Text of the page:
How To Setup A Transparent Content Filtering Proxy
To speed up web access and block obscene content on my home network, I setup a transparent content filtering proxy on my Arch Linux server with the help of Squid and DansGuardian. Below are the steps I took to get it all working.
Install and configure Squid (web proxy)
Squid will act as our proxy server which should speed up our web browsing and allow the content filter (DansGuardian, explained below) to function as it requires one.
- Run: pacman -S squid to install
- The default config file for squid is pretty much ready to go. It’s a good thing because there are an overwhelming number of configuration options. Anyway, keep the default config but add/change the following in your */etc/squid/squid.conf *file.
acl localhost src 127.0.0.1/32 http_access allow localhost http_access deny all http_port 3128 transparent dns_nameservers 126.96.36.199, 188.8.131.52 #OpenDNS FamilyShield DNS
Note: The IP addresses specified for dns_nameservers are the OpenDNS FamilyShield DNS servers. This speeds up DNS lookups and provides a simple way to have an up-to-date blacklist for pornographic sites. This will work in tandem with DansGuardian to filter web content.
- Start Squid by running /etc/rc.d/squid start
Install and configure DansGuardian (content filter)
DansGuardian is the powerful, fast, open-source content filtering engine we will use. It is very configurable but I will keep it simple for demonstration purposes.
- Run: pacman -S dansguardian to install
- Make sure the following configuration options are set in your /etc/dansguardian/dansguardian.conf file
filterport = 8888 proxyport = 3128
- Start DansGuardian by running /etc/rc.d/dansguradian start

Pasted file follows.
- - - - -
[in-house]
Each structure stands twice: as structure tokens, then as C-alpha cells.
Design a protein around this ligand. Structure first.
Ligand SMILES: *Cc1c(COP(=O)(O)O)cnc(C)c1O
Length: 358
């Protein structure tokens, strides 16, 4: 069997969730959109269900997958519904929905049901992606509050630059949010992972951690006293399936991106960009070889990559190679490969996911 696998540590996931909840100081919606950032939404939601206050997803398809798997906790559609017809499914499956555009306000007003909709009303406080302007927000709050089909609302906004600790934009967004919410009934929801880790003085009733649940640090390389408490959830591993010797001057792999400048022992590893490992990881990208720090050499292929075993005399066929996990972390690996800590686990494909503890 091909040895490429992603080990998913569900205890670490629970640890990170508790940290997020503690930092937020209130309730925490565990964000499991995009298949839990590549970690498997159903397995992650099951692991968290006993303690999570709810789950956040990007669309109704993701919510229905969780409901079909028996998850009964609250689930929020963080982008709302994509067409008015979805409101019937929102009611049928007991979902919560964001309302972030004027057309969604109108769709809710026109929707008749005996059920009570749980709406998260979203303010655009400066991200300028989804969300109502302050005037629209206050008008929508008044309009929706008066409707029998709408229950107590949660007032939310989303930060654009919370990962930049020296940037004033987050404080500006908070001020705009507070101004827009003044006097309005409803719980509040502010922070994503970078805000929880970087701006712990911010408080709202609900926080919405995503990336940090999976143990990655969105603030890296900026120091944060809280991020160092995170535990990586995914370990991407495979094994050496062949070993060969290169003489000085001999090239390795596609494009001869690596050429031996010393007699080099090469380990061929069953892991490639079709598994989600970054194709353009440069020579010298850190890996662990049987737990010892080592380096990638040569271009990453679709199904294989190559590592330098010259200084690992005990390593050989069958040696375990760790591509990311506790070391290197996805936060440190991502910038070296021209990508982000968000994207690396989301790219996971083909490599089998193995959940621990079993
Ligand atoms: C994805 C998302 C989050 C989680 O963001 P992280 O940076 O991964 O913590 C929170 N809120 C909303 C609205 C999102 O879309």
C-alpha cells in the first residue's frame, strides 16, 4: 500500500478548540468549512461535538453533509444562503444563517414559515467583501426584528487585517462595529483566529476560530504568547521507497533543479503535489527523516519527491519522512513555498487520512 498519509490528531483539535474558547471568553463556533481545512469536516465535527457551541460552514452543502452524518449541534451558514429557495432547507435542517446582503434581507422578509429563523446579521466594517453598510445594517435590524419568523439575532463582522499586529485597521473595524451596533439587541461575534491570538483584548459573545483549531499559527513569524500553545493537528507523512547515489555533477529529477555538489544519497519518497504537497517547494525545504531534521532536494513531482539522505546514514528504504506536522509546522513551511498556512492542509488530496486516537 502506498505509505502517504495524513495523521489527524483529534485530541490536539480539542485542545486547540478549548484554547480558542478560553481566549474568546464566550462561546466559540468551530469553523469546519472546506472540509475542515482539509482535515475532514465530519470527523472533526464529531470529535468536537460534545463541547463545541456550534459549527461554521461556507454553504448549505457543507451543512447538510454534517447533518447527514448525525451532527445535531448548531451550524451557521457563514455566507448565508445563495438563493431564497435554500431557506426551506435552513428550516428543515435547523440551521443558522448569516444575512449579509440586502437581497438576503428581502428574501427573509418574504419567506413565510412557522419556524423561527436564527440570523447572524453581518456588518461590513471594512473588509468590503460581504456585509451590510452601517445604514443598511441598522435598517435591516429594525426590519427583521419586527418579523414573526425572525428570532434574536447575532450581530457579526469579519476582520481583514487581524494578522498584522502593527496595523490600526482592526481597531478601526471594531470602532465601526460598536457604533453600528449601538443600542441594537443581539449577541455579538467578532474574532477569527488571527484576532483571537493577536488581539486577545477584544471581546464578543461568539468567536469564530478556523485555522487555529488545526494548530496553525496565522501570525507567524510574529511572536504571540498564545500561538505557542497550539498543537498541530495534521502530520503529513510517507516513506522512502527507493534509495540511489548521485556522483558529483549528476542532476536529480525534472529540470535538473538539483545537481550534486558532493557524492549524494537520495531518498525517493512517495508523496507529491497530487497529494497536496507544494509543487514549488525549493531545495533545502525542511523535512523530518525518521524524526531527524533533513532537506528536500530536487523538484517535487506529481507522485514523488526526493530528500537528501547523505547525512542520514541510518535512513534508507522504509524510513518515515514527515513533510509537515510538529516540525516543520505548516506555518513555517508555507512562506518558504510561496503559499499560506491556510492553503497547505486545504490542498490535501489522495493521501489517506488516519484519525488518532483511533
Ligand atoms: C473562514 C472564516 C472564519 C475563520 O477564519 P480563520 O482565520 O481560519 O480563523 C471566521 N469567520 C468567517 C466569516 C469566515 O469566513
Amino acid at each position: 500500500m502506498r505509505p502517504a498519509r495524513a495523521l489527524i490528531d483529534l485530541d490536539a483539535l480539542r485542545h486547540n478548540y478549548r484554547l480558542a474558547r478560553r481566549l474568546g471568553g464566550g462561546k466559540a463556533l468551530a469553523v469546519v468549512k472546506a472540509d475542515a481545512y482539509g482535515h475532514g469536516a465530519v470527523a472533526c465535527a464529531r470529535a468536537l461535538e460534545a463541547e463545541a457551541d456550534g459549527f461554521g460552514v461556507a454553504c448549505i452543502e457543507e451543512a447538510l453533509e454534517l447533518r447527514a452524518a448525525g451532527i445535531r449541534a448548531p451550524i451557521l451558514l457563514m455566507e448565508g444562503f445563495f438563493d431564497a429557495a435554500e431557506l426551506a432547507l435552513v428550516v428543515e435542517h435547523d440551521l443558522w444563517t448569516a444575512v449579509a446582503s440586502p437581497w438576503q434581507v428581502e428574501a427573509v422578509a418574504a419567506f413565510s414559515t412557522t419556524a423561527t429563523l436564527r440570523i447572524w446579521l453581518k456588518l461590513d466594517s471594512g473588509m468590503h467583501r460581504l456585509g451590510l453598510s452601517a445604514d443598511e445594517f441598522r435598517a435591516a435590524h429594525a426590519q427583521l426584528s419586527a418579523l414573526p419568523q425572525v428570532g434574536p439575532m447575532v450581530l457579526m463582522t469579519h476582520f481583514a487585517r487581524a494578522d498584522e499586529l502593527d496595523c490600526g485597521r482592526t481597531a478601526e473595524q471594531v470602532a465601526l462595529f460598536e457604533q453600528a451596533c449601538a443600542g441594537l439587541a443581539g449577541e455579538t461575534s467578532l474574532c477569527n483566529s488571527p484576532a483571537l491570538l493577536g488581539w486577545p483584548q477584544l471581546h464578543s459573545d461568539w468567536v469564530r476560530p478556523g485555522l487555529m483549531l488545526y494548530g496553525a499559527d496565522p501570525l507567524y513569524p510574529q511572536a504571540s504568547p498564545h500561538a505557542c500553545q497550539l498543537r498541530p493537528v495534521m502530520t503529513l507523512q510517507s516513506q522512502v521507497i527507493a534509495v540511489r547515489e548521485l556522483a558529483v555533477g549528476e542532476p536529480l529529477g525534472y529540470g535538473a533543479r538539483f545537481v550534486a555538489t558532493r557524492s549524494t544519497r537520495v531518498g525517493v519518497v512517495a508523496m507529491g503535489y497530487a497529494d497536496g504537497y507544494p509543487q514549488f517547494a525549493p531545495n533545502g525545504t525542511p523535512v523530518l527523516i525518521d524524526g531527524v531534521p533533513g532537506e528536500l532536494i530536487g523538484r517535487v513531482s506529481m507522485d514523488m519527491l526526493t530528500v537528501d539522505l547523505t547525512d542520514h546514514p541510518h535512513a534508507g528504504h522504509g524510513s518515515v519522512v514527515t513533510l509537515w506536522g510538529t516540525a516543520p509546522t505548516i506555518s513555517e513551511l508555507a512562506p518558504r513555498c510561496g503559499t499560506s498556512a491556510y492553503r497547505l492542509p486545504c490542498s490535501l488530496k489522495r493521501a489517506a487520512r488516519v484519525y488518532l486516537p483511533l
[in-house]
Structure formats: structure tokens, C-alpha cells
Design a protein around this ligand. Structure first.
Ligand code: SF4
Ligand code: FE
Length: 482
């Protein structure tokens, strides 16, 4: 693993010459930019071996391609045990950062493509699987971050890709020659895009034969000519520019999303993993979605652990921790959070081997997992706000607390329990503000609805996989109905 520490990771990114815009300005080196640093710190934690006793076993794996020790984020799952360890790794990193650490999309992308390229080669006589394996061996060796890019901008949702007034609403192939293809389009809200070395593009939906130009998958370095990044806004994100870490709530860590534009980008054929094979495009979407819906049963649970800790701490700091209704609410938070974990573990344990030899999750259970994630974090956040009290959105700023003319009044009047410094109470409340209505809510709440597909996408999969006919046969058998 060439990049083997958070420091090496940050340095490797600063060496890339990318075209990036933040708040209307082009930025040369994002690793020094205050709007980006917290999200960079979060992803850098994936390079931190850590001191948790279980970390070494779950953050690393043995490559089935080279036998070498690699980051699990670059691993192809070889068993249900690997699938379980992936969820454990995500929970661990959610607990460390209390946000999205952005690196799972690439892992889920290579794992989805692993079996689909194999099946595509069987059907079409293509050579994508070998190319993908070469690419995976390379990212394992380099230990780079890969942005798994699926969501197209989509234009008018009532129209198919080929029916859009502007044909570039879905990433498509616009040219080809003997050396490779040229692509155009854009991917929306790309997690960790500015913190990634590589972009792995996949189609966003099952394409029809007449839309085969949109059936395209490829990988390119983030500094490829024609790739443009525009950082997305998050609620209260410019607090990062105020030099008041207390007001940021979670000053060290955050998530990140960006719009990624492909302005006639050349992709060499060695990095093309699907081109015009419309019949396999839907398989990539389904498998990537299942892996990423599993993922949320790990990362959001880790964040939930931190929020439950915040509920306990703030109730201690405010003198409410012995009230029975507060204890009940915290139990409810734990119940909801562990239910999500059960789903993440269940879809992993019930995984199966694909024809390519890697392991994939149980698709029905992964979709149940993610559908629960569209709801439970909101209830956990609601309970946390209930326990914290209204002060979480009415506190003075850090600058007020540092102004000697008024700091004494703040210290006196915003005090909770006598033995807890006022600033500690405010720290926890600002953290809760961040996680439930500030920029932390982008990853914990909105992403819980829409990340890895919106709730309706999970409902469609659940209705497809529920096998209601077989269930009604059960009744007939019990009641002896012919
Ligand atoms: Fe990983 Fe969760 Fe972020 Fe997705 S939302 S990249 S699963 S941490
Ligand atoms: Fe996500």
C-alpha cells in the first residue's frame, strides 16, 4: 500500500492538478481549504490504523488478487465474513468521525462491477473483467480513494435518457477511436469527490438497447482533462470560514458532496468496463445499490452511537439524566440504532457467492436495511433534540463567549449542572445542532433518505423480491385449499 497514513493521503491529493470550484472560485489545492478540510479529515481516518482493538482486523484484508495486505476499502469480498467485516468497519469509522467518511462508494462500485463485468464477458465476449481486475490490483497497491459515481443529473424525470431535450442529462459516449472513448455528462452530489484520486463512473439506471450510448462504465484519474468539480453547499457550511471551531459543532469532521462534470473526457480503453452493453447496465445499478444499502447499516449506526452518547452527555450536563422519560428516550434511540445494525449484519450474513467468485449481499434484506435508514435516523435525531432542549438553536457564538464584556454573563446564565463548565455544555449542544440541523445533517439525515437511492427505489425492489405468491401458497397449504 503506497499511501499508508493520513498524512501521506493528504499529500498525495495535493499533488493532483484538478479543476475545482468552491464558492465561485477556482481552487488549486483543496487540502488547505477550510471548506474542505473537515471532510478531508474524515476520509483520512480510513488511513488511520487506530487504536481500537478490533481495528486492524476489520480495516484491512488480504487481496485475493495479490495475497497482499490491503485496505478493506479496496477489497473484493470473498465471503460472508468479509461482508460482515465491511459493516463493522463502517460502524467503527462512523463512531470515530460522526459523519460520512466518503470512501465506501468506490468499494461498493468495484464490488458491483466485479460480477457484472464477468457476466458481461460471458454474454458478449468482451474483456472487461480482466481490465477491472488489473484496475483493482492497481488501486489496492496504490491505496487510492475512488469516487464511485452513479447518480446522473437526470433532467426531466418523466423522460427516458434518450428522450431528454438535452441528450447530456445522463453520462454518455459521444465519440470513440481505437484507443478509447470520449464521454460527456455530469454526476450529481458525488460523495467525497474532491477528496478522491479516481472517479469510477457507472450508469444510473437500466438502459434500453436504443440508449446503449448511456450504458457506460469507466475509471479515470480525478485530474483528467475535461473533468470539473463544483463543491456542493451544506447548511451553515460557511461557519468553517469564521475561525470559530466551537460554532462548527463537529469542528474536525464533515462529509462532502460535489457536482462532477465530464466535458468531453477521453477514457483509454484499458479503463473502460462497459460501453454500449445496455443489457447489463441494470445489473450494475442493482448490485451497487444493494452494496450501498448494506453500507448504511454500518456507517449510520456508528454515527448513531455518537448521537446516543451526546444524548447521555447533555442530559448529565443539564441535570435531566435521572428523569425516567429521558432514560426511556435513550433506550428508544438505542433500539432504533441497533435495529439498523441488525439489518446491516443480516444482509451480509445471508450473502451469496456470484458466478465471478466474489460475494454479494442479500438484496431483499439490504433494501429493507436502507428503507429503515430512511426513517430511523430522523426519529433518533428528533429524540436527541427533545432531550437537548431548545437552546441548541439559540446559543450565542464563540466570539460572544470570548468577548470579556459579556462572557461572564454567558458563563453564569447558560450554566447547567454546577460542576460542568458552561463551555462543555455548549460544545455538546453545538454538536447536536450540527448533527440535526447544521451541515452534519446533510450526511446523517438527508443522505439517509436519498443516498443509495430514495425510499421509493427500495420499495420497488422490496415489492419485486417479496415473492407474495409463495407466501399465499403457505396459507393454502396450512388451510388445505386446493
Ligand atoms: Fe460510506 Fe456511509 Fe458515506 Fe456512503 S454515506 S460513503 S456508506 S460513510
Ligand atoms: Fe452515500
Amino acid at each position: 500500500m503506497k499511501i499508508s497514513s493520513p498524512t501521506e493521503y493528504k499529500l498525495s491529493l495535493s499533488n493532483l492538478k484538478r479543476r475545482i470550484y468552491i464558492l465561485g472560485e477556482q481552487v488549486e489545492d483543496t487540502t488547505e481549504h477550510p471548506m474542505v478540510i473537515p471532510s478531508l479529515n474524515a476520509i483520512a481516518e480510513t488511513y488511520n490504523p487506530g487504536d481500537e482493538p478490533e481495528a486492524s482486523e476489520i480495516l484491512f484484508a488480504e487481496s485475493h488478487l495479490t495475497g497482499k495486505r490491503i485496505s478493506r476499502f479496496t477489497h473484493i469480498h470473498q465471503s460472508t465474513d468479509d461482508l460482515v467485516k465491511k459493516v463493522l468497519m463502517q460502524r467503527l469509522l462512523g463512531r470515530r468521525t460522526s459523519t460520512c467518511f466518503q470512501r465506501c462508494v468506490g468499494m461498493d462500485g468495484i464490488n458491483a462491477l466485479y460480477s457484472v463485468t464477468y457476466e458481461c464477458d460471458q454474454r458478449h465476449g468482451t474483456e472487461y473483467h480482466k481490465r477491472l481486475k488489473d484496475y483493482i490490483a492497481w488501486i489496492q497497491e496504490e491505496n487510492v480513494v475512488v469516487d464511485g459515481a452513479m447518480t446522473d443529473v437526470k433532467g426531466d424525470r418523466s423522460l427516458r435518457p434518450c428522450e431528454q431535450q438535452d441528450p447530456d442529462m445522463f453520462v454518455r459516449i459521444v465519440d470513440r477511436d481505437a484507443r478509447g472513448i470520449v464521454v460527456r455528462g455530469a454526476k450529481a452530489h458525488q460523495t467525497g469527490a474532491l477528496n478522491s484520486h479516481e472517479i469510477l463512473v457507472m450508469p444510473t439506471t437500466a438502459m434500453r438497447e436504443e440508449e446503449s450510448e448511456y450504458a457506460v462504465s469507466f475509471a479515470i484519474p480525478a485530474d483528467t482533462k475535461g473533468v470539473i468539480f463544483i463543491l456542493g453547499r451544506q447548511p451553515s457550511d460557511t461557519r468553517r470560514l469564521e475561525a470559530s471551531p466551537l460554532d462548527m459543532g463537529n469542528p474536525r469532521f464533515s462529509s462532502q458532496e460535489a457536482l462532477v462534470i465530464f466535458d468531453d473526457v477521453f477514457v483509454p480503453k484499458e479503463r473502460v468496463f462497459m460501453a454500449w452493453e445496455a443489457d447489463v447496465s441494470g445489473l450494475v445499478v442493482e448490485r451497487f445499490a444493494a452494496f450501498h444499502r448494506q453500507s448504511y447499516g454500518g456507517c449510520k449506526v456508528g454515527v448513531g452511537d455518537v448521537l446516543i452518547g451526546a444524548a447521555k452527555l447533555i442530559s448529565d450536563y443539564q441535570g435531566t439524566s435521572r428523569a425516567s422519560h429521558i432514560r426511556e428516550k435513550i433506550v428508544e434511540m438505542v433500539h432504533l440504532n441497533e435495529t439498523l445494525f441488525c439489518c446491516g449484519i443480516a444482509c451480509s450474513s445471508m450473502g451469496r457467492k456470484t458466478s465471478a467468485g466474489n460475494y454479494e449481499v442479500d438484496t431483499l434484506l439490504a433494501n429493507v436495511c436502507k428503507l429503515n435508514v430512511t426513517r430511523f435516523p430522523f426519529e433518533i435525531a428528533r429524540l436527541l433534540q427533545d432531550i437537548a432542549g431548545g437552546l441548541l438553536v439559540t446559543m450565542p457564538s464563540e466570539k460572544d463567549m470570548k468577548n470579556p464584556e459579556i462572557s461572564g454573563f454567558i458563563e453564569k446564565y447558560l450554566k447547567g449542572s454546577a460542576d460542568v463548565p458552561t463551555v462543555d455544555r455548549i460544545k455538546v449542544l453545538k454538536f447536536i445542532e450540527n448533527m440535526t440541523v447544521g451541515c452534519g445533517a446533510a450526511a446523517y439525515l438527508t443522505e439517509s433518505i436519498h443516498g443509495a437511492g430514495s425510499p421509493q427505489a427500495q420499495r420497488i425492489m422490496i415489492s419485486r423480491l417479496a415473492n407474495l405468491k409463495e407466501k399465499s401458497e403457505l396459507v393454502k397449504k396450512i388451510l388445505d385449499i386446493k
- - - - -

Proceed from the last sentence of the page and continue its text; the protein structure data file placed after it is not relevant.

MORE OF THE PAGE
Configure Your Router
To make our solution truly transparent and avoid the need to configure each computer in our network individually, we need to make our router redirect outgoing web traffic to our proxy server that is running DansGuardian and Squid. To do this, you’ll need a router running Linux (most do) and one that allows telnet or SSH access. I have a Netgear router and after searching on the web found that if you navigate to the address: http://192.168.1.1/setup.cgi?todo=debug** (192.168.1.1 being your router IP, of course), the router will allow telnet access on port 23, with the same credentials you use to login to the web interface. Once you have connected, run the following command to redirect outgoing port 80 request:
iptables -t nat -A PREROUTING -i br0 -s ! 192.168.1.2 -d ! 192.168.1.2 -p tcp --dport 80 -j DNAT --to 192.168.1.2:8888
- 192.168.1.2 is the IP address of our proxy server. You’ll need to change this to match your own server’s address.
- It is likely that if you change anything through the web admin interface of your router, the iptables information will get overwritten. You will need to re-run the above command if/when you make changes. I actually setup a cron job that runs daily to reset the iptables configuration. It first uses wget with http authentication to access the /setup.cgi?todo=debug page so that telnet access will be enabled and then issues remote telnet commands to configure iptables. This is not necessary but makes for a more stable setup.
- To further ensure no machines are able to access the internet directly, I recommend configuring (through web admin interface) your router to block outgoing port 80 traffic from all IP addresses except the IP of your proxy server (184.108.40.206 in my case). This is usually pretty easy to do and varies depending on the router you use. Remember, as mentioned above, you might need to re-run the iptables command after locking down outgoing traffic.
Now, if you browse to a website on a client machine in your local network, it should send all the data through your proxy server and provide content filtering. There is no client configuration (i.e. proxy settings) needed as we have set things up in a transparent manner.
A good next step would be to read up on configuring DansGuardian and make it work to suite your needs.